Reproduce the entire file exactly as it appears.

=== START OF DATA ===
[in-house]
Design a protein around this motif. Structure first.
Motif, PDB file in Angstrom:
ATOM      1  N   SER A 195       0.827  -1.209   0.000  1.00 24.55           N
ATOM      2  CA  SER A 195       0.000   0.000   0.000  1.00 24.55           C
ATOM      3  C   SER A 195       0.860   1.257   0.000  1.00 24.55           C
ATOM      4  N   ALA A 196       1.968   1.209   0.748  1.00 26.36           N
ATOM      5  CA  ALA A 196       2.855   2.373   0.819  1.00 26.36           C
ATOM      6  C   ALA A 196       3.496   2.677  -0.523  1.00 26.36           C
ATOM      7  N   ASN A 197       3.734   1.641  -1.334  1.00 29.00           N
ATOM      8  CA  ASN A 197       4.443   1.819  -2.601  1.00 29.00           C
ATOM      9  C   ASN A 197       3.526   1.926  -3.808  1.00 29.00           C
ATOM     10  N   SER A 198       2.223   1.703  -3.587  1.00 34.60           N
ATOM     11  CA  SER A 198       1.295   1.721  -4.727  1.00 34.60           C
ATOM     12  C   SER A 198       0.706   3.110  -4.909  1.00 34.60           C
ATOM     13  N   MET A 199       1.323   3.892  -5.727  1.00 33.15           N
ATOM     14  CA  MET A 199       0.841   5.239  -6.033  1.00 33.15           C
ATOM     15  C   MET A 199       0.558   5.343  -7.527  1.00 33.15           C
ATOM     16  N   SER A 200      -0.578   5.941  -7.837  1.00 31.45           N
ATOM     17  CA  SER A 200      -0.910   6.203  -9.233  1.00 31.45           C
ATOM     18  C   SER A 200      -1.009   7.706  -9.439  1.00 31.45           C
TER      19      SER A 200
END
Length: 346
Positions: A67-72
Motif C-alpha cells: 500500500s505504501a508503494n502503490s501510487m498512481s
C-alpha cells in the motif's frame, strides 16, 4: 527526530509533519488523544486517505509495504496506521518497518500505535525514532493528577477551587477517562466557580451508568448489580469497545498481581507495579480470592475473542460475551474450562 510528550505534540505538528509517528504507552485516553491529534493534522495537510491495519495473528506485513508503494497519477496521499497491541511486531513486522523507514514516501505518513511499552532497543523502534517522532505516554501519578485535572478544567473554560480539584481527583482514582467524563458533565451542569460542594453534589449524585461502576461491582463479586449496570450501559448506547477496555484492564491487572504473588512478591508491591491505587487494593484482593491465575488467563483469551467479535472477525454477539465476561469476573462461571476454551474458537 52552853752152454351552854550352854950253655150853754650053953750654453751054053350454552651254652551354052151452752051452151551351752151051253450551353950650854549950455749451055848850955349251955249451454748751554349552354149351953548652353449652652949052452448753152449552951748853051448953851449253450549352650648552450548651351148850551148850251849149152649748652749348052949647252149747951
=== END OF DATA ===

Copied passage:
[in-house]
Design a protein around this motif. Structure first.
Motif, PDB file in Angstrom:
ATOM      1  N   SER A 195       0.827  -1.209   0.000  1.00 24.55           N
ATOM      2  CA  SER A 195       0.000   0.000   0.000  1.00 24.55           C
ATOM      3  C   SER A 195       0.860   1.257   0.000  1.00 24.55           C
ATOM      4  N   ALA A 196       1.968   1.209   0.748  1.00 26.36           N
ATOM      5  CA  ALA A 196       2.855   2.373   0.819  1.00 26.36           C
ATOM      6  C   ALA A 196       3.496   2.677  -0.523  1.00 26.36           C
ATOM      7  N   ASN A 197       3.734   1.641  -1.334  1.00 29.00           N
ATOM      8  CA  ASN A 197       4.443   1.819  -2.601  1.00 29.00           C
ATOM      9  C   ASN A 197       3.526   1.926  -3.808  1.00 29.00           C
ATOM     10  N   SER A 198       2.223   1.703  -3.587  1.00 34.60           N
ATOM     11  CA  SER A 198       1.295   1.721  -4.727  1.00 34.60           C
ATOM     12  C   SER A 198       0.706   3.110  -4.909  1.00 34.60           C
ATOM     13  N   MET A 199       1.323   3.892  -5.727  1.00 33.15           N
ATOM     14  CA  MET A 199       0.841   5.239  -6.033  1.00 33.15           C
ATOM     15  C   MET A 199       0.558   5.343  -7.527  1.00 33.15           C
ATOM     16  N   SER A 200      -0.578   5.941  -7.837  1.00 31.45           N
ATOM     17  CA  SER A 200      -0.910   6.203  -9.233  1.00 31.45           C
ATOM     18  C   SER A 200      -1.009   7.706  -9.439  1.00 31.45           C
TER      19      SER A 200
END
Length: 346
Positions: A67-72
Motif C-alpha cells: 500500500s505504501a508503494n502503490s501510487m498512481s
C-alpha cells in the motif's frame, strides 16, 4: 527526530509533519488523544486517505509495504496506521518497518500505535525514532493528577477551587477517562466557580451508568448489580469497545498481581507495579480470592475473542460475551474450562 510528550505534540505538528509517528504507552485516553491529534493534522495537510491495519495473528506485513508503494497519477496521499497491541511486531513486522523507514514516501505518513511499552532497543523502534517522532505516554501519578485535572478544567473554560480539584481527583482514582467524563458533565451542569460542594453534589449524585461502576461491582463479586449496570450501559448506547477496555484492564491487572504473588512478591508491591491505587487494593484482593491465575488467563483469551467479535472477525454477539465476561469476573462461571476454551474458537 52552853752152454351552854550352854950253655150853754650053953750654453751054053350454552651254652551354052151452752051452151551351752151051253450551353950650854549950455749451055848850955349251955249451454748751554349552354149351953548652353449652652949052452448753152449552951748853051448953851449253450549352650648552450548651351148850551148850251849149152649748652749348052949647252149747951